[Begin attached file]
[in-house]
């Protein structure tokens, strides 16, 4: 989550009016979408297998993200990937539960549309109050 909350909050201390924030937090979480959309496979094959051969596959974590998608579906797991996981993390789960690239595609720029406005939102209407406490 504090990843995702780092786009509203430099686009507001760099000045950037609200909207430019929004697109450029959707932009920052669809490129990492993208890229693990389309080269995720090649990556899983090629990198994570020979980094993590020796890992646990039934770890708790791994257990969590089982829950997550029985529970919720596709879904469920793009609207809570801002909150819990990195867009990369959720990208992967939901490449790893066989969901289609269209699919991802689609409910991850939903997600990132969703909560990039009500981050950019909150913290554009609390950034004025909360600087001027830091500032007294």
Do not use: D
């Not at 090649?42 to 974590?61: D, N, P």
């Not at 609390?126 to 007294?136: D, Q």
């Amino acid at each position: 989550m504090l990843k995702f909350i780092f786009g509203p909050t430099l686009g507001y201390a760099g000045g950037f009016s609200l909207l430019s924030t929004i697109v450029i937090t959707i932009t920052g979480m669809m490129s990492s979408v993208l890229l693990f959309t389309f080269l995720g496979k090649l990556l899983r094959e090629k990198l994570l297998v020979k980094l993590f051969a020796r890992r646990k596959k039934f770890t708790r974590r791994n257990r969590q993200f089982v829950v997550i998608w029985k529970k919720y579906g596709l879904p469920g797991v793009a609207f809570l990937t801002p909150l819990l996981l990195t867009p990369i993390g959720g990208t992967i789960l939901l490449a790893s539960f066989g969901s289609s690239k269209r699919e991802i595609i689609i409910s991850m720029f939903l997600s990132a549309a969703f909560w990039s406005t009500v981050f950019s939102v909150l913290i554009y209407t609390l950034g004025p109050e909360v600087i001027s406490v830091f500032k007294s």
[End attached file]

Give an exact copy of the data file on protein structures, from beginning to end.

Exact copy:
[in-house]
């Protein structure tokens, strides 16, 4: 989550009016979408297998993200990937539960549309109050 909350909050201390924030937090979480959309496979094959051969596959974590998608579906797991996981993390789960690239595609720029406005939102209407406490 504090990843995702780092786009509203430099686009507001760099000045950037609200909207430019929004697109450029959707932009920052669809490129990492993208890229693990389309080269995720090649990556899983090629990198994570020979980094993590020796890992646990039934770890708790791994257990969590089982829950997550029985529970919720596709879904469920793009609207809570801002909150819990990195867009990369959720990208992967939901490449790893066989969901289609269209699919991802689609409910991850939903997600990132969703909560990039009500981050950019909150913290554009609390950034004025909360600087001027830091500032007294």
Do not use: D
């Not at 090649?42 to 974590?61: D, N, P």
């Not at 609390?126 to 007294?136: D, Q």
């Amino acid at each position: 989550m504090l990843k995702f909350i780092f786009g509203p909050t430099l686009g507001y201390a760099g000045g950037f009016s609200l909207l430019s924030t929004i697109v450029i937090t959707i932009t920052g979480m669809m490129s990492s979408v993208l890229l693990f959309t389309f080269l995720g496979k090649l990556l899983r094959e090629k990198l994570l297998v020979k980094l993590f051969a020796r890992r646990k596959k039934f770890t708790r974590r791994n257990r969590q993200f089982v829950v997550i998608w029985k529970k919720y579906g596709l879904p469920g797991v793009a609207f809570l990937t801002p909150l819990l996981l990195t867009p990369i993390g959720g990208t992967i789960l939901l490449a790893s539960f066989g969901s289609s690239k269209r699919e991802i595609i689609i409910s991850m720029f939903l997600s990132a549309a969703f909560w990039s406005t009500v981050f950019s939102v909150l913290i554009y209407t609390l950034g004025p109050e909360v600087i001027s406490v830091f500032k007294s």